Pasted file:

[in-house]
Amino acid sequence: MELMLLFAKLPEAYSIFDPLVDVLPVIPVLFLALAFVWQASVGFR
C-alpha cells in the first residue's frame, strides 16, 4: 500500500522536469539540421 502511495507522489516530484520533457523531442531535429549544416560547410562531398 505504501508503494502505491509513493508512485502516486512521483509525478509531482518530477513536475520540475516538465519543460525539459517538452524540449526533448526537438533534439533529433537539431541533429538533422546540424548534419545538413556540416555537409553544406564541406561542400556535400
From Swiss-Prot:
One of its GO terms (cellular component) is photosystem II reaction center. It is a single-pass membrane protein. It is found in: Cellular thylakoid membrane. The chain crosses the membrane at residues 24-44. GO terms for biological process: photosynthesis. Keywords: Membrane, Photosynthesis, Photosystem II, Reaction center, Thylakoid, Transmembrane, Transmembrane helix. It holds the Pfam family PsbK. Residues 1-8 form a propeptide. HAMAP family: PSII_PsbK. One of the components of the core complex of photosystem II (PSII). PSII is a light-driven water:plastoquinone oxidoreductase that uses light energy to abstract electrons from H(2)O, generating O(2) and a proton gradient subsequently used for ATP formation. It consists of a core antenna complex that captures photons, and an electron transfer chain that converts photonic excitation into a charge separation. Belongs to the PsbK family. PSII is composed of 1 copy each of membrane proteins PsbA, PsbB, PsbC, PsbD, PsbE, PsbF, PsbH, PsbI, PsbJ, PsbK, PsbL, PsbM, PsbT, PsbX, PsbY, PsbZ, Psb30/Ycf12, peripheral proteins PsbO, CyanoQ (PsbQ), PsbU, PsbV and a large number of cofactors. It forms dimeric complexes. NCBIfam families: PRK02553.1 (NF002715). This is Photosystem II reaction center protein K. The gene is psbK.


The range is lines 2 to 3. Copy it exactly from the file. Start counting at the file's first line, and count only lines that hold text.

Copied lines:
Amino acid sequence: MELMLLFAKLPEAYSIFDPLVDVLPVIPVLFLALAFVWQASVGFR
C-alpha cells in the first residue's frame, strides 16, 4: 500500500522536469539540421 502511495507522489516530484520533457523531442531535429549544416560547410562531398 505504501508503494502505491509513493508512485502516486512521483509525478509531482518530477513536475520540475516538465519543460525539459517538452524540449526533448526537438533534439533529433537539431541533429538533422546540424548534419545538413556540416555537409553544406564541406561542400556535400